James Vincent Capua
James Vincent Capua is regarded as a well established artist, James Vincent Capua was born in 1949. Artists born in the same year and of the same generation are Alberto Buñuelos, Zoltán Botos, Marie-Noëlle Beraud, Gloria Muñoz, and Choi Byoung-Min.
Further Biographical Context for James Vincent Capua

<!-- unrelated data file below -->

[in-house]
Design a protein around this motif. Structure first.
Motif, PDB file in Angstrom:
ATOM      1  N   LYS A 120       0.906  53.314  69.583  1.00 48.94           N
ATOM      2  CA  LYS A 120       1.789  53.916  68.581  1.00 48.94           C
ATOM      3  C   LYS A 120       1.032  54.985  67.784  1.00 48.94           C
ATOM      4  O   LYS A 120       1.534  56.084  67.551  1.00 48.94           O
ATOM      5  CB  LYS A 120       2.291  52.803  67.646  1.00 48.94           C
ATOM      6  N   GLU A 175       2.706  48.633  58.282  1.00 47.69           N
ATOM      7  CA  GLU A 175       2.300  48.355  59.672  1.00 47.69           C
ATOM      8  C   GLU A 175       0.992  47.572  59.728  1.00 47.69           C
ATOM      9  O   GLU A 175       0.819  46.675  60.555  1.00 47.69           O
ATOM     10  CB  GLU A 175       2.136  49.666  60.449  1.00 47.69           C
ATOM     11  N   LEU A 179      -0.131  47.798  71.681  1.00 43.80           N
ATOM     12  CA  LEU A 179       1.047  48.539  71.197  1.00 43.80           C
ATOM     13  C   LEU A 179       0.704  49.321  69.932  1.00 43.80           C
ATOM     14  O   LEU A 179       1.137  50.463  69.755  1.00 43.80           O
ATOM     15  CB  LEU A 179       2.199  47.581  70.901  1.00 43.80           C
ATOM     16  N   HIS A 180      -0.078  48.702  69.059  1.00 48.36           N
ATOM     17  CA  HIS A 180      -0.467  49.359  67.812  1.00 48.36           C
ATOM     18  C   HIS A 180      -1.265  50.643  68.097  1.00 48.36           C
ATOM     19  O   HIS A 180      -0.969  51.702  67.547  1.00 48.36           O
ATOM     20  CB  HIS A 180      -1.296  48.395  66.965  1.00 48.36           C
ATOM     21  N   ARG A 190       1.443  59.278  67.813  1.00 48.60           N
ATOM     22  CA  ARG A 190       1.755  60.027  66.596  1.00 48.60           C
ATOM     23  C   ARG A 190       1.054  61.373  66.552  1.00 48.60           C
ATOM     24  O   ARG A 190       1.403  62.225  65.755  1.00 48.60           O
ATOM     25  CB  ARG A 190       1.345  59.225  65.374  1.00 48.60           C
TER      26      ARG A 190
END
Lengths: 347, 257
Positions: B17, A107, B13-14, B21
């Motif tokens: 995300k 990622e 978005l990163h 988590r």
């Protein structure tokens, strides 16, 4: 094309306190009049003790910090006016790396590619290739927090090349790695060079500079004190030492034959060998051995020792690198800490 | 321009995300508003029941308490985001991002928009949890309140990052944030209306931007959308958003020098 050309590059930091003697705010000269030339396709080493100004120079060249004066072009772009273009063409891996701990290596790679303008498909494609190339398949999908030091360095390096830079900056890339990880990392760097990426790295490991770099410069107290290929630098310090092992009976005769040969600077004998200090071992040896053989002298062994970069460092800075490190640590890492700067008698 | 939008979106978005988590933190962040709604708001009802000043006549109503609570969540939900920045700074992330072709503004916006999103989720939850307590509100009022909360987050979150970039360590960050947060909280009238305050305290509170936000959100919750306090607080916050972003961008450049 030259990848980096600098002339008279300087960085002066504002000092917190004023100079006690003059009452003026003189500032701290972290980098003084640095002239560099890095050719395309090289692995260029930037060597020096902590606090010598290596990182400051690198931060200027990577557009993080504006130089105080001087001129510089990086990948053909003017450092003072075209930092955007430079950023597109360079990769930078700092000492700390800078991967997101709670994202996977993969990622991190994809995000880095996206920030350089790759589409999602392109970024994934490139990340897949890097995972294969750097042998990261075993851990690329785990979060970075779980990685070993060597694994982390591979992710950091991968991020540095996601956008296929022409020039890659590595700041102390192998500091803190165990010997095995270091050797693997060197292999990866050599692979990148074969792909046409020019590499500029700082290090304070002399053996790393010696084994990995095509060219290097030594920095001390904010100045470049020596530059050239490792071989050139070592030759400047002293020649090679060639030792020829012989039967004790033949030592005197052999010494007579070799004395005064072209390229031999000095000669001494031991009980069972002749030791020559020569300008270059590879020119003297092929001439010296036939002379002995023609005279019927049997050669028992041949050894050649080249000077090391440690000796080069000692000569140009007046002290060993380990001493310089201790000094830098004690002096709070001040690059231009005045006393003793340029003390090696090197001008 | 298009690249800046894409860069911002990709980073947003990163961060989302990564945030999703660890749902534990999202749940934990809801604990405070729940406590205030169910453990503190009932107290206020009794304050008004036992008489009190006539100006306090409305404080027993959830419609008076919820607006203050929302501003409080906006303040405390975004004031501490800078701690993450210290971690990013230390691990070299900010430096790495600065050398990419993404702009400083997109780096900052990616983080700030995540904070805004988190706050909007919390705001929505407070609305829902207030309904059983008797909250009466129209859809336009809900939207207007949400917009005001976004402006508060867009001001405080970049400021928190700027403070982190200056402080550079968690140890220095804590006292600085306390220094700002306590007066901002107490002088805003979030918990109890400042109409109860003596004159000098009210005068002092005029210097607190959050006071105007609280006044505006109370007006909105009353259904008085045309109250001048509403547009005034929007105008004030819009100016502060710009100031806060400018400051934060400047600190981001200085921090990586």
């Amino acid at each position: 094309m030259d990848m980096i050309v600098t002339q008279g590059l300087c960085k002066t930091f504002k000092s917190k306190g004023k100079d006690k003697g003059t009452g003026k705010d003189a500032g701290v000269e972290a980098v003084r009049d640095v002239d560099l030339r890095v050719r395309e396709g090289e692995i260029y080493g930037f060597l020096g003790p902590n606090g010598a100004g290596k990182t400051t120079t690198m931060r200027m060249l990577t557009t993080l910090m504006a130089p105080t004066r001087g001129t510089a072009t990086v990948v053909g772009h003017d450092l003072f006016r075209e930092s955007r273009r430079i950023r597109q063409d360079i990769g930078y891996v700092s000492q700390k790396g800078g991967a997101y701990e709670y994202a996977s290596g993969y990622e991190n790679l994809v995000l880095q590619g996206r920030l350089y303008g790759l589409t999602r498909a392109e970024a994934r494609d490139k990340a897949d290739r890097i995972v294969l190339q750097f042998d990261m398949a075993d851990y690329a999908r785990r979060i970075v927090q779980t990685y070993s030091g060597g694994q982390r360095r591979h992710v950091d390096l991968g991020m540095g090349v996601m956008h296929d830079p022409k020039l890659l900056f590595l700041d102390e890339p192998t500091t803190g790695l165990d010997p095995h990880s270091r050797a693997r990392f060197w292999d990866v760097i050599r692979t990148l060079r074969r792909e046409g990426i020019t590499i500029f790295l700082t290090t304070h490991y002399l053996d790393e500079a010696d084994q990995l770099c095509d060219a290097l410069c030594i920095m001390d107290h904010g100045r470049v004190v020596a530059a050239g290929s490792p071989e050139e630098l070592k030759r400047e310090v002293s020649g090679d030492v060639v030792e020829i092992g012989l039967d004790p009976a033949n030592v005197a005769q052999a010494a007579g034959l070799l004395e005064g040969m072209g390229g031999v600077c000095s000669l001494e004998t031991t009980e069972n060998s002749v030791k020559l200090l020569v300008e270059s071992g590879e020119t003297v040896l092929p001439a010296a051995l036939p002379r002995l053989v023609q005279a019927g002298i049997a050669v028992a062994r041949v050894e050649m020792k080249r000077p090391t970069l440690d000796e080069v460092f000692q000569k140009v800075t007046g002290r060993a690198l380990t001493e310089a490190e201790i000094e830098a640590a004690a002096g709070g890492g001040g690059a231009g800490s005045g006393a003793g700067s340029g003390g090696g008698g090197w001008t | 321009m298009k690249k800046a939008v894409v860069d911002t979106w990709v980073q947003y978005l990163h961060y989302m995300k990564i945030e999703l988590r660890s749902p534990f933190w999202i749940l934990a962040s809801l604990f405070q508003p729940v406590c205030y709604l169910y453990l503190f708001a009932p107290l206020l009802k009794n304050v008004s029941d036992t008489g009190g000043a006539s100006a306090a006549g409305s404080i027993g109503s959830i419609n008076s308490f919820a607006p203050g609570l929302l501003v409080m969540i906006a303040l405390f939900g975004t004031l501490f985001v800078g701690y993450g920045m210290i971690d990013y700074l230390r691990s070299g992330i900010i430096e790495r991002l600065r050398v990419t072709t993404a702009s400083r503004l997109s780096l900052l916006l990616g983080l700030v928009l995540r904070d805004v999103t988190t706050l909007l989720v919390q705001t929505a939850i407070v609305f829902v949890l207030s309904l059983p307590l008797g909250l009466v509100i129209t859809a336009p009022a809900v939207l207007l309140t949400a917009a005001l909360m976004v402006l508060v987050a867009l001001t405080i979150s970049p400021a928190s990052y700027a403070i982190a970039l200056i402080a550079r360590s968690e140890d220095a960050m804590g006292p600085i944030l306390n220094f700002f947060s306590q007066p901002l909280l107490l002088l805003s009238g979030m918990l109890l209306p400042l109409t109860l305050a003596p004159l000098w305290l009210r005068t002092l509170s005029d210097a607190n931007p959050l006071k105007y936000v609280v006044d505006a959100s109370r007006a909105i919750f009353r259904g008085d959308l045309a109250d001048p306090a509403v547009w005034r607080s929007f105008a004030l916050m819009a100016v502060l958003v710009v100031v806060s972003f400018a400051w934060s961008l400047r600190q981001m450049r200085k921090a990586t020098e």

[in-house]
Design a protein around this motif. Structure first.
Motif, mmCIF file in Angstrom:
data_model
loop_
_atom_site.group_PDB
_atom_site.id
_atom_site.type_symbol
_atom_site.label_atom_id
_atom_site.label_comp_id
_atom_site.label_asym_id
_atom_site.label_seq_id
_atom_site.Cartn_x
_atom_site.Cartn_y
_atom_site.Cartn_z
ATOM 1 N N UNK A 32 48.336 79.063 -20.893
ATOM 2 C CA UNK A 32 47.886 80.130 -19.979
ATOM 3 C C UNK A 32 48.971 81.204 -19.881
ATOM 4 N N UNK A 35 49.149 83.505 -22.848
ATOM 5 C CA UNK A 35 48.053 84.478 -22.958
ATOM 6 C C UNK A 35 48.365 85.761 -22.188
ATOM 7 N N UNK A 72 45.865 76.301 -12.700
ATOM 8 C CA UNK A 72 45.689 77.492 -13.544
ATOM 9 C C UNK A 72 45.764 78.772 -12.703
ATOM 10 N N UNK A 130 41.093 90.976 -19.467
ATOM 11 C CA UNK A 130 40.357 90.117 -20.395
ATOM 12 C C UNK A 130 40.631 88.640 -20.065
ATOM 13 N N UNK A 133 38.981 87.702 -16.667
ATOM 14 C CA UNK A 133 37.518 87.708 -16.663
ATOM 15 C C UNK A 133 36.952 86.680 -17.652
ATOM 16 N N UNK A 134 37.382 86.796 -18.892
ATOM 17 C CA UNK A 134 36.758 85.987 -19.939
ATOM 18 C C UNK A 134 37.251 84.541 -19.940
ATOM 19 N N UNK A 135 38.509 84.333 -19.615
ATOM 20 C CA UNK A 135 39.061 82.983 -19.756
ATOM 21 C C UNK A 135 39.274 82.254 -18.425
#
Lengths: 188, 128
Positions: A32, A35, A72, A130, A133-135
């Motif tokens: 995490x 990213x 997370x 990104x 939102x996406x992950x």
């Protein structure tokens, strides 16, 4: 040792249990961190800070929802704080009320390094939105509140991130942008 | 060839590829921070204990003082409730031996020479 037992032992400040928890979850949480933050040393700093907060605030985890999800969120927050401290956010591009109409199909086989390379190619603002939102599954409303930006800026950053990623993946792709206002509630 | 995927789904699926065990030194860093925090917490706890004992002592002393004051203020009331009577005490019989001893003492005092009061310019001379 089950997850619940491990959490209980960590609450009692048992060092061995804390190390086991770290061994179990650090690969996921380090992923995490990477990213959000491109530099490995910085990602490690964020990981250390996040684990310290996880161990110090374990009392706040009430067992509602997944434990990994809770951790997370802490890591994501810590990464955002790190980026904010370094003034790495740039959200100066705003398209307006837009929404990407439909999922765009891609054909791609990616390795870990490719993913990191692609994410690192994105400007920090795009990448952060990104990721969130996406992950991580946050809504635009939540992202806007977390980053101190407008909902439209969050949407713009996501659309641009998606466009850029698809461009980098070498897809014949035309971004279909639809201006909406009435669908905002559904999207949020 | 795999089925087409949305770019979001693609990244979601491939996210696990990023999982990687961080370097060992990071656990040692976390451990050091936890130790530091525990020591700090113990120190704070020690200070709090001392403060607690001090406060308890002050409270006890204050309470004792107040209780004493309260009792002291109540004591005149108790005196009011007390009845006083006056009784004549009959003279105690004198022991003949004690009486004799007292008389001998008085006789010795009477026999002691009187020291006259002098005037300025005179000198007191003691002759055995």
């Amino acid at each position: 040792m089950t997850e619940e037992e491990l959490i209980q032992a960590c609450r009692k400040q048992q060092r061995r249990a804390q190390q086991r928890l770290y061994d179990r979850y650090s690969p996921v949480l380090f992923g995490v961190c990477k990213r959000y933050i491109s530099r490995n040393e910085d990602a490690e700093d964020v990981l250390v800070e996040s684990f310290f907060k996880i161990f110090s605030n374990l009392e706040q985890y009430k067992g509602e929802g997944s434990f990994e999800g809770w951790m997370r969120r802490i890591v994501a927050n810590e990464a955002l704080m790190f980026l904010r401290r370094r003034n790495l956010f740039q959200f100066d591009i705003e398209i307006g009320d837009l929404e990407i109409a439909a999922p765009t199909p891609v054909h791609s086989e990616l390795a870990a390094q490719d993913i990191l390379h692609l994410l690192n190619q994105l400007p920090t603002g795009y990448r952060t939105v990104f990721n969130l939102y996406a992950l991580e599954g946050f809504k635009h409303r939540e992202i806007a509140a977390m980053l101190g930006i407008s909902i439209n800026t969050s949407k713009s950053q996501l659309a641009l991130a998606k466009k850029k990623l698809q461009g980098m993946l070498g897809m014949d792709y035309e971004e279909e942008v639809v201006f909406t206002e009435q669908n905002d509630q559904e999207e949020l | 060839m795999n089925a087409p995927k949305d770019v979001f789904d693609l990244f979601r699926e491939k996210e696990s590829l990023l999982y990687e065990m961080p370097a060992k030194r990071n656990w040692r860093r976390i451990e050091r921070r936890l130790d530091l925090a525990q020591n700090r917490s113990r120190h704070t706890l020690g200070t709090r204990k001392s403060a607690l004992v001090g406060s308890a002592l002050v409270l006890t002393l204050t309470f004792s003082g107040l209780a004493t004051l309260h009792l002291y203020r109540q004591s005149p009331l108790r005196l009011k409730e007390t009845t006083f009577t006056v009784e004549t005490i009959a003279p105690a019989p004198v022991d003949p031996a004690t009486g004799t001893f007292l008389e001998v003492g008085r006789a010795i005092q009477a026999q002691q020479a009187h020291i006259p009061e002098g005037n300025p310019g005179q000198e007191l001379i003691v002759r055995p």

Born in 1949, James Vincent Capua was primarily inspired by the 1960s. The astronomical impact of the 1960s was truly astonishing across the globe. Representative of a time stirring both hope and anger, the 1960s prompted an outburst of new philosophies and movements, truly exciting and spectacular. Historically set in the context of the Cold War, which would have a highly influential impact worldwide, mainly defined by the Iron Curtain dividing Europe both physically and spiritually, and drastically marked by the erection of the Berlin Wall in 1961. The 1960s re-defined all pre-existing assumptions on gender, race and justice, questioned education as well as morality and selfhood – for instance through the civil rights movement and second wave of feminism, as well as student political uprisings. The incredible boom of mass consumerism also defined the era, generating new trends in marketing and advertising. Minimalism established the crucial idea that art should subsist in its own reality, and not try to mimic the real world. Born of a desire to erase all pre-established notions about art, Minimalism became a radically progressive movement, highly influential worldwide, with artists such as Frank Stella, Donald Judd and Dan Flavin as key actors. Minimalism became significant through the works of artists such as Victor Vasarely and Bridget Riley, while Pop art was a fundamental by-product of the latter, simultaneously critiquing and glorifying popular culture. The iconic contemporary art movements that echoed through the wave of radicalism of the 1960s also had their own distinctions and scopes, particular to different regions or countries. Spatialism, for instance, was founded in Italy by Lucio Fontana and Piero Manzoni, and its ideologies embraced by the Zero group in Germany. Throughout Europe, the philosophy of Existentialism strongly influenced artists like Francis Bacon and Alberto Giacometti, who strived to depict the raw human emotions often associated with reflections on death and the lingering angst of the meaninglessness of life.